It’s clear in the minds of most immigrants and their friends and families that during eight years in power, the Republicans did nothing good on immigration. Most people don’t remember the anti-immigrant bills approved under the Clinton administration, or that the last amnesty came under a Republican presidency. So right now, while the Republican Party is busy trying to develop a strategy for winning Latino support without alienating its white racist base, the Democrats have a chance to move. The Democratic Party needs to see that if it approves legalization now, it will win the continuing loyalty of a large bloc of existing voters, and at the same time create a large bloc of future voters, spread over rural and urban areas, whose gratitude could boost the party’s standing over the next decades.
Will there be a backlash if Congress approves legalization? The 52% of voters who elected Obama mostly don’t hate immigrants, so they won’t get too riled up about legalization, and many will support it, especially if we work to win over those still unconvinced. Among the other 48% of voters, many probably resent immigrants and oppose legalization, but three years from now, most will have forgotten about it or will have gotten used to it. We will likely see a rise in hate crimes and racist attacks over the next four years, with or without legalization for immigrants, but a focus on dialogue will help to ensure that hateful acts don’t gain wide support. And if everyone has legal status, at least immigrants will be able to report threats to police and protest publicly when they are victimized.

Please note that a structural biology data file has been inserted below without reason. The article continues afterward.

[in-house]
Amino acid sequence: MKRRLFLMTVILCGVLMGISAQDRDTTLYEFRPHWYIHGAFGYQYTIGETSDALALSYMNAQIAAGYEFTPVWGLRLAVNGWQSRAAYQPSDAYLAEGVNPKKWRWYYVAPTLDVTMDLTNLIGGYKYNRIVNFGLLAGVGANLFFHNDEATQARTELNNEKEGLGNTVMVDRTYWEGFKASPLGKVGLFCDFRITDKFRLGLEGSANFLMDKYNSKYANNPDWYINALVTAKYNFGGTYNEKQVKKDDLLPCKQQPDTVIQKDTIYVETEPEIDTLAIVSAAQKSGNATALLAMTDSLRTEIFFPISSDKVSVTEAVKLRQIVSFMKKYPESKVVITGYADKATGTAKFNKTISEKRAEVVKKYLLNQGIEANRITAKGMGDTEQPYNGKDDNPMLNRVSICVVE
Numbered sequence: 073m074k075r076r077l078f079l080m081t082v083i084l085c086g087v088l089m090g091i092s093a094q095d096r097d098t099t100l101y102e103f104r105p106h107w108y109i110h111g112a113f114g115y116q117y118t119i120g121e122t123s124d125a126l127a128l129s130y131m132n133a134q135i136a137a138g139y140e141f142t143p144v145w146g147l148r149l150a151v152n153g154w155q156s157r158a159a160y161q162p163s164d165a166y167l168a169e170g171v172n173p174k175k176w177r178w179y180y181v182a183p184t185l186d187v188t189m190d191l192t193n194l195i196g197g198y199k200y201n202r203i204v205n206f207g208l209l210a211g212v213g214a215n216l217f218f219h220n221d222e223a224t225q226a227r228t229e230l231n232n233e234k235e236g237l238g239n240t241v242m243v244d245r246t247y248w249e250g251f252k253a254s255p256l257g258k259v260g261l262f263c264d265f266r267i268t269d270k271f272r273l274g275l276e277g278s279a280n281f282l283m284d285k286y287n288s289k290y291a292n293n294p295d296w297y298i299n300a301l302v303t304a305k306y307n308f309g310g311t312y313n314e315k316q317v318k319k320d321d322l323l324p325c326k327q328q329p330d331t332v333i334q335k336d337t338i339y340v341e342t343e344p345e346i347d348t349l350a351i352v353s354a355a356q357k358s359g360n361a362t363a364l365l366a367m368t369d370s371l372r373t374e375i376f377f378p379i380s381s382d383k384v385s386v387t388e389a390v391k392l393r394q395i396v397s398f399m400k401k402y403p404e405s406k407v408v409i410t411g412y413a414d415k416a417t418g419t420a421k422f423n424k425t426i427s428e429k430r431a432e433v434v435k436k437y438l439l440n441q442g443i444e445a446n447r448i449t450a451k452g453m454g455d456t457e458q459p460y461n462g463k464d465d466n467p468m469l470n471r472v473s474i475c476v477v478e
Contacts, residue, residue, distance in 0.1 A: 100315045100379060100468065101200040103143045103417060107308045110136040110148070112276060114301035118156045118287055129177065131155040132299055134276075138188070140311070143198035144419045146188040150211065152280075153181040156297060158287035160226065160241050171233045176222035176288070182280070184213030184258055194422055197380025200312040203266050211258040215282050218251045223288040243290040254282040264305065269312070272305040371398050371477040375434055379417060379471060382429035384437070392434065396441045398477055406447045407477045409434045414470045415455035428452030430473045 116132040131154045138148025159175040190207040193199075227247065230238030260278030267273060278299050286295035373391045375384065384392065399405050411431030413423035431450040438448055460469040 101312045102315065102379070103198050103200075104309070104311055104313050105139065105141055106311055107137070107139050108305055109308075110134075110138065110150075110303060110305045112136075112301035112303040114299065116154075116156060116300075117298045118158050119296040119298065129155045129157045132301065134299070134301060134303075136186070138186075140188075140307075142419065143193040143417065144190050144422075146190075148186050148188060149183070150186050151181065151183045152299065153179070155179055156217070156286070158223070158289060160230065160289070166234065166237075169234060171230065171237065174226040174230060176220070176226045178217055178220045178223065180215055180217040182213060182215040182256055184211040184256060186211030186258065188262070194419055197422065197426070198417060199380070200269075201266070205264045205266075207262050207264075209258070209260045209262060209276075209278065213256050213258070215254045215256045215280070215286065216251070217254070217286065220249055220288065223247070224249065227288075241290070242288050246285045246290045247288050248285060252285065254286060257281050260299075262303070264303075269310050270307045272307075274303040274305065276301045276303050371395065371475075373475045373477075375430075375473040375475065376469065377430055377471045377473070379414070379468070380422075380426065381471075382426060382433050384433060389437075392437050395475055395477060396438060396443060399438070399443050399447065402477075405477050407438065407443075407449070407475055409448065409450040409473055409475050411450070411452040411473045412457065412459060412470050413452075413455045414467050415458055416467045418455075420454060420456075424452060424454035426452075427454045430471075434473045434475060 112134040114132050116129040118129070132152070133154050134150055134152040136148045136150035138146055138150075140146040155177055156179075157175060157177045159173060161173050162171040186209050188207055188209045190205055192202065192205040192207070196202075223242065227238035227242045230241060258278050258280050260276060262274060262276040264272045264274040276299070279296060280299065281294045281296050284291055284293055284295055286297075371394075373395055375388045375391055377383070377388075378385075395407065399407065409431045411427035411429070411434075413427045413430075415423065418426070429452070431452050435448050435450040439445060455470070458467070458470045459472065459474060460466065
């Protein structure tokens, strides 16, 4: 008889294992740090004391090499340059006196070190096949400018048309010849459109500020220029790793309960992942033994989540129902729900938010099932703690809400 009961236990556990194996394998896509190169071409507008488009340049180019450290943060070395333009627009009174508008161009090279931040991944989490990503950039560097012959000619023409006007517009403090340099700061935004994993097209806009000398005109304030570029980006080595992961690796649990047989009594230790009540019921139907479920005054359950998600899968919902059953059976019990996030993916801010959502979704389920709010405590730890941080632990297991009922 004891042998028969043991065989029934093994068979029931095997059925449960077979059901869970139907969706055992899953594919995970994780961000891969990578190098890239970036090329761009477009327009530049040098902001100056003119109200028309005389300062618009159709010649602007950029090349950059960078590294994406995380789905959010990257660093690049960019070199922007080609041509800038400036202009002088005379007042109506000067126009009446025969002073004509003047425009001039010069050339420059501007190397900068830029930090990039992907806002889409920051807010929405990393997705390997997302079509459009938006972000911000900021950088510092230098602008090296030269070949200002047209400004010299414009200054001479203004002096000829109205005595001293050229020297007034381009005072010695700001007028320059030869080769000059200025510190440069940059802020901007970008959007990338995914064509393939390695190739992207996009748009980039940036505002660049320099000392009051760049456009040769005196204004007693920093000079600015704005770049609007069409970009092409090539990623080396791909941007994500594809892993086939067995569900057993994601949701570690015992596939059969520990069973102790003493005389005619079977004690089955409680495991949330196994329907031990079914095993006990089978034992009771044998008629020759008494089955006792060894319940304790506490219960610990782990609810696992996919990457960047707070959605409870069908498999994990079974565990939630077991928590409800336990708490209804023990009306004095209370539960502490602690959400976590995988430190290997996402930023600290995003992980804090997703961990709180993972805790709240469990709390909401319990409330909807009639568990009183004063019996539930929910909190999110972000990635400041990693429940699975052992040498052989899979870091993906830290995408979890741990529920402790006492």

There’s no time to waste. Any delays in pushing through legalization will hurt its chances. We need to mobilize behind a united demand, and make our voices heard every single day until we get what is needed.
Jane Guskin is co-author of The Politics of Immigration: Questions and Answers, published by Monthly Review Press in July 2007. She lives in New York City, where she is interim co-director of the A.J. Muste Memorial Institute, a grassroots foundation supporting nonviolent action for social justice.